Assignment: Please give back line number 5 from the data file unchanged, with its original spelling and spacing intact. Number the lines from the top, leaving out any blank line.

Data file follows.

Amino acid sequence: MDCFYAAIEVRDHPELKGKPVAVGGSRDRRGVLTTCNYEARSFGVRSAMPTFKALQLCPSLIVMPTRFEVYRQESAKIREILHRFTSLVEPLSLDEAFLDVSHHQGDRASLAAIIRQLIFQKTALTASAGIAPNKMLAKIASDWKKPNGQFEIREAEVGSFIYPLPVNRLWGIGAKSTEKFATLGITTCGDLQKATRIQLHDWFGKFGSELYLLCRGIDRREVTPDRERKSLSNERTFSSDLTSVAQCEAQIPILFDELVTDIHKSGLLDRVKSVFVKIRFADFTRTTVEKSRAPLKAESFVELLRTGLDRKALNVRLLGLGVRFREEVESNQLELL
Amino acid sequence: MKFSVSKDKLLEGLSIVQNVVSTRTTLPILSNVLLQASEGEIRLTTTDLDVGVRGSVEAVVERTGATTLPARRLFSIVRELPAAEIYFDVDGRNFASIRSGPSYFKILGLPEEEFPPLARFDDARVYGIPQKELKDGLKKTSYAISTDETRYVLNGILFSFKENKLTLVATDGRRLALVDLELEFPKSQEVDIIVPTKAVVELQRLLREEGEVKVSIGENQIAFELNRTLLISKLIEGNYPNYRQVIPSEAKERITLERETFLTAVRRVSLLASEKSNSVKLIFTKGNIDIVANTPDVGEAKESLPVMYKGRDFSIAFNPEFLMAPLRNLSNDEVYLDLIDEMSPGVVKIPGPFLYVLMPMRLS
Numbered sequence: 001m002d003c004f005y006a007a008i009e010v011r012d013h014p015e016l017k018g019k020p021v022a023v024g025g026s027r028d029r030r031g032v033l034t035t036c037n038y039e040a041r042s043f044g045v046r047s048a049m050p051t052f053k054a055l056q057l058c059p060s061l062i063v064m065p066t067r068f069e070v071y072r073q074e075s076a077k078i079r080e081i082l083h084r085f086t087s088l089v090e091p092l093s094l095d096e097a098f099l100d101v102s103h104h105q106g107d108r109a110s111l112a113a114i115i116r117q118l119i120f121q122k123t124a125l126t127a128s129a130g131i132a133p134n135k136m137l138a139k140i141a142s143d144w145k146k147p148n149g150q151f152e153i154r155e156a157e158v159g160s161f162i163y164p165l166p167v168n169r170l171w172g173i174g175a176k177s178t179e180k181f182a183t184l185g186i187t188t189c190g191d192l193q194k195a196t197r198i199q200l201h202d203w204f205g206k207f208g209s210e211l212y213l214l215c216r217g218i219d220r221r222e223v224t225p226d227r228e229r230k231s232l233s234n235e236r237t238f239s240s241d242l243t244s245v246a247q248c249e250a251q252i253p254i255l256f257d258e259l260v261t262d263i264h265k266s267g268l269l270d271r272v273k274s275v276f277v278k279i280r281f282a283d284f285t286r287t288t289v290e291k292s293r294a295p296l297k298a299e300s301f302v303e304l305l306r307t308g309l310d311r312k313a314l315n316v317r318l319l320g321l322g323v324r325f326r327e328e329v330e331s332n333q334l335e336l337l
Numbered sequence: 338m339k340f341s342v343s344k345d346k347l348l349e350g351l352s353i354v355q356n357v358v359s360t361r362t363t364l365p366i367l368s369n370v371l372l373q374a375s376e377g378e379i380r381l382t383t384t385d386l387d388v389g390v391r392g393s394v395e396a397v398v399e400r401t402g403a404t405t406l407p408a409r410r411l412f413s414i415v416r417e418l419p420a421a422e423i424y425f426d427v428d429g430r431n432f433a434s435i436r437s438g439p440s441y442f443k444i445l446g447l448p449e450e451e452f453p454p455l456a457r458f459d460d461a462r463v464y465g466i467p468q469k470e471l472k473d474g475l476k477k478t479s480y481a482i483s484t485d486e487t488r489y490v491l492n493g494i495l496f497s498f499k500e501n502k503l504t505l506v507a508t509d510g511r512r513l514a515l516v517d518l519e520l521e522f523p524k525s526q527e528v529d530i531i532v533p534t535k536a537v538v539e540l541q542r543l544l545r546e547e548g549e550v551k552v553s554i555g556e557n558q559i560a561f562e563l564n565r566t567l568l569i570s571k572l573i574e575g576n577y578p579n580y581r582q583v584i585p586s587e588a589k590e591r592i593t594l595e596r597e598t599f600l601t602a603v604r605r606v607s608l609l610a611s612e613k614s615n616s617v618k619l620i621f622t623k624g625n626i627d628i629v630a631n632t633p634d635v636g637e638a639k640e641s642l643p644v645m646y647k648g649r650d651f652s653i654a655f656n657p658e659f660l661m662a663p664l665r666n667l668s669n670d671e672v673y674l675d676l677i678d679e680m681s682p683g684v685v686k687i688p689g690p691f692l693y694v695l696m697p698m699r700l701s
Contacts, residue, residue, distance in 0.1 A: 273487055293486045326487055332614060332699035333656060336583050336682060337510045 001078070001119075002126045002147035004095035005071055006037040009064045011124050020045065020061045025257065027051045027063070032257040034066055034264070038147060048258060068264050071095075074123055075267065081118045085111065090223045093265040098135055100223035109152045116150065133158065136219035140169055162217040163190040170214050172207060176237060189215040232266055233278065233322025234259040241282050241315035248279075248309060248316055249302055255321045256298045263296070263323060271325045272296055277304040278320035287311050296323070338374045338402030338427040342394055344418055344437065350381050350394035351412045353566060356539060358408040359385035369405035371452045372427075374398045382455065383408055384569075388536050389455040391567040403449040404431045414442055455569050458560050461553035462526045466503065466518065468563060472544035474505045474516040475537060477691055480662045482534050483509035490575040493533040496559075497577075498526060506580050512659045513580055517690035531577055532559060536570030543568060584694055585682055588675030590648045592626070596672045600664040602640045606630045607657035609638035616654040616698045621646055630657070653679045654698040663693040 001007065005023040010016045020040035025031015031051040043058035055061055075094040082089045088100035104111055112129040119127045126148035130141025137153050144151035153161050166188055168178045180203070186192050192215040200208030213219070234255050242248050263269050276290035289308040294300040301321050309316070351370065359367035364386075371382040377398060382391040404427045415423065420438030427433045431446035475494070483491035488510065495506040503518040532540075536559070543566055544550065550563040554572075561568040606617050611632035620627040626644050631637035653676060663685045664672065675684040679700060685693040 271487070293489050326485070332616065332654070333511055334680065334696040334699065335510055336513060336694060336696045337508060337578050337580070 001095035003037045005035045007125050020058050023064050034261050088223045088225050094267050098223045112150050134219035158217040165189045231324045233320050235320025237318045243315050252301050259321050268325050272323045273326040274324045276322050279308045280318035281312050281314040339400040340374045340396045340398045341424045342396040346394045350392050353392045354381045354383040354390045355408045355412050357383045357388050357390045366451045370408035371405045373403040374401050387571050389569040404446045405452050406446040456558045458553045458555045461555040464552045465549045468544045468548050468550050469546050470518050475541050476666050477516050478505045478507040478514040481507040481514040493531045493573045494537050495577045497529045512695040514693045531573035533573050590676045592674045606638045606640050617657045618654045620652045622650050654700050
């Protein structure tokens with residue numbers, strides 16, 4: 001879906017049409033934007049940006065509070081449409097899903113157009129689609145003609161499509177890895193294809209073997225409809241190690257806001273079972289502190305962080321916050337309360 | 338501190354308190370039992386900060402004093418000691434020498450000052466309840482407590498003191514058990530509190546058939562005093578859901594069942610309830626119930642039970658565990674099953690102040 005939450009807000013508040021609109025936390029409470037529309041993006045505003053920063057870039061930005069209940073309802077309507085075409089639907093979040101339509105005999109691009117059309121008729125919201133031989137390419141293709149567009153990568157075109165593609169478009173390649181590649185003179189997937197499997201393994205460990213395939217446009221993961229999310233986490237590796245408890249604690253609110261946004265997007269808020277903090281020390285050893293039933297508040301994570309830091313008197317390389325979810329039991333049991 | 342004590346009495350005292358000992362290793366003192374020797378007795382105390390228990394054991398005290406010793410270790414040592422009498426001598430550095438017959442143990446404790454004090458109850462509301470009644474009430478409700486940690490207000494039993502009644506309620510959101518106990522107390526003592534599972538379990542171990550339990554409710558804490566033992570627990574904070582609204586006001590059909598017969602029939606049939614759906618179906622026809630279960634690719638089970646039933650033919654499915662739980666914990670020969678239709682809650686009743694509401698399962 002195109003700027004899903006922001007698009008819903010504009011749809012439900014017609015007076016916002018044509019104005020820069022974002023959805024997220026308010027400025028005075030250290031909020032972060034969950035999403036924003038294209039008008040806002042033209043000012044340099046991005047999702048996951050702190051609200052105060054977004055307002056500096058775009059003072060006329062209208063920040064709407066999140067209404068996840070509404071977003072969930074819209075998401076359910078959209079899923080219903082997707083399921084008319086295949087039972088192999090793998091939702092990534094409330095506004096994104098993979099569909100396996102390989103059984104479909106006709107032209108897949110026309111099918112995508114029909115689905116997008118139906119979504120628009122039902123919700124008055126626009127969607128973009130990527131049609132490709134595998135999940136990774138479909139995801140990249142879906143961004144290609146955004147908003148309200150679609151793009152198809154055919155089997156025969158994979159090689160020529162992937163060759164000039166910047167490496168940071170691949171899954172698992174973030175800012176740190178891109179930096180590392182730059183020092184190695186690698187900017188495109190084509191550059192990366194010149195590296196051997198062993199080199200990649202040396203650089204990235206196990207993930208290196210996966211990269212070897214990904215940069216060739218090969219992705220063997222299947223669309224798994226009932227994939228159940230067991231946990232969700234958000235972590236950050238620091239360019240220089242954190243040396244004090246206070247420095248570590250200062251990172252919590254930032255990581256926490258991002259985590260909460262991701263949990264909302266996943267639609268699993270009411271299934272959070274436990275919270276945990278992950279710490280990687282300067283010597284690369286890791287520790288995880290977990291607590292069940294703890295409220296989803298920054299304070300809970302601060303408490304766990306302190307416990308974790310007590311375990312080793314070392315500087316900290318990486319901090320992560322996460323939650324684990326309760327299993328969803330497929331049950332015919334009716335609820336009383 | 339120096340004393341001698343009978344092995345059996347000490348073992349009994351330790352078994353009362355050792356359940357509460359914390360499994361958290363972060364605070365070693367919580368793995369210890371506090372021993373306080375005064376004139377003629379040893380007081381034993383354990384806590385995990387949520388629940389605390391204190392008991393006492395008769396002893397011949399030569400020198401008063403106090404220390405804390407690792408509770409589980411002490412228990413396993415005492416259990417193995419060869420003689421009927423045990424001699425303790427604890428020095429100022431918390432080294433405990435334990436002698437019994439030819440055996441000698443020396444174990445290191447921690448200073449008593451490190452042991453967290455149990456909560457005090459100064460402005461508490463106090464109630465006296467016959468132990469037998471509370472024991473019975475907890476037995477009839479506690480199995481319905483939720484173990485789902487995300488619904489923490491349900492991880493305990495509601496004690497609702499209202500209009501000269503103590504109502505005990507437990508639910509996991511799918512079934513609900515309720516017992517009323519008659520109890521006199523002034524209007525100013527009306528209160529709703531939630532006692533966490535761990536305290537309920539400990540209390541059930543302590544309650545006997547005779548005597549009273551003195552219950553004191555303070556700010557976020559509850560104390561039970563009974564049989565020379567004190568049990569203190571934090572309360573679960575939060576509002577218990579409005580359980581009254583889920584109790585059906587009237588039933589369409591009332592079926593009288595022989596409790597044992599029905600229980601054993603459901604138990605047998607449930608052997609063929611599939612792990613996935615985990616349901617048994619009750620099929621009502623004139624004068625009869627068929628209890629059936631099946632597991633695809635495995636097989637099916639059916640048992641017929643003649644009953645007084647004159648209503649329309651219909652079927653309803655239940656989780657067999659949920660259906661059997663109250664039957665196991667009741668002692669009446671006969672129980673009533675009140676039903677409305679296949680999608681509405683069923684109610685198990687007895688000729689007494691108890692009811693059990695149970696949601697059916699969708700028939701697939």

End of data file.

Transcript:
Contacts, residue, residue, distance in 0.1 A: 273487055293486045326487055332614060332699035333656060336583050336682060337510045 001078070001119075002126045002147035004095035005071055006037040009064045011124050020045065020061045025257065027051045027063070032257040034066055034264070038147060048258060068264050071095075074123055075267065081118045085111065090223045093265040098135055100223035109152045116150065133158065136219035140169055162217040163190040170214050172207060176237060189215040232266055233278065233322025234259040241282050241315035248279075248309060248316055249302055255321045256298045263296070263323060271325045272296055277304040278320035287311050296323070338374045338402030338427040342394055344418055344437065350381050350394035351412045353566060356539060358408040359385035369405035371452045372427075374398045382455065383408055384569075388536050389455040391567040403449040404431045414442055455569050458560050461553035462526045466503065466518065468563060472544035474505045474516040475537060477691055480662045482534050483509035490575040493533040496559075497577075498526060506580050512659045513580055517690035531577055532559060536570030543568060584694055585682055588675030590648045592626070596672045600664040602640045606630045607657035609638035616654040616698045621646055630657070653679045654698040663693040 001007065005023040010016045020040035025031015031051040043058035055061055075094040082089045088100035104111055112129040119127045126148035130141025137153050144151035153161050166188055168178045180203070186192050192215040200208030213219070234255050242248050263269050276290035289308040294300040301321050309316070351370065359367035364386075371382040377398060382391040404427045415423065420438030427433045431446035475494070483491035488510065495506040503518040532540075536559070543566055544550065550563040554572075561568040606617050611632035620627040626644050631637035653676060663685045664672065675684040679700060685693040 271487070293489050326485070332616065332654070333511055334680065334696040334699065335510055336513060336694060336696045337508060337578050337580070 001095035003037045005035045007125050020058050023064050034261050088223045088225050094267050098223045112150050134219035158217040165189045231324045233320050235320025237318045243315050252301050259321050268325050272323045273326040274324045276322050279308045280318035281312050281314040339400040340374045340396045340398045341424045342396040346394045350392050353392045354381045354383040354390045355408045355412050357383045357388050357390045366451045370408035371405045373403040374401050387571050389569040404446045405452050406446040456558045458553045458555045461555040464552045465549045468544045468548050468550050469546050470518050475541050476666050477516050478505045478507040478514040481507040481514040493531045493573045494537050495577045497529045512695040514693045531573035533573050590676045592674045606638045606640050617657045618654045620652045622650050654700050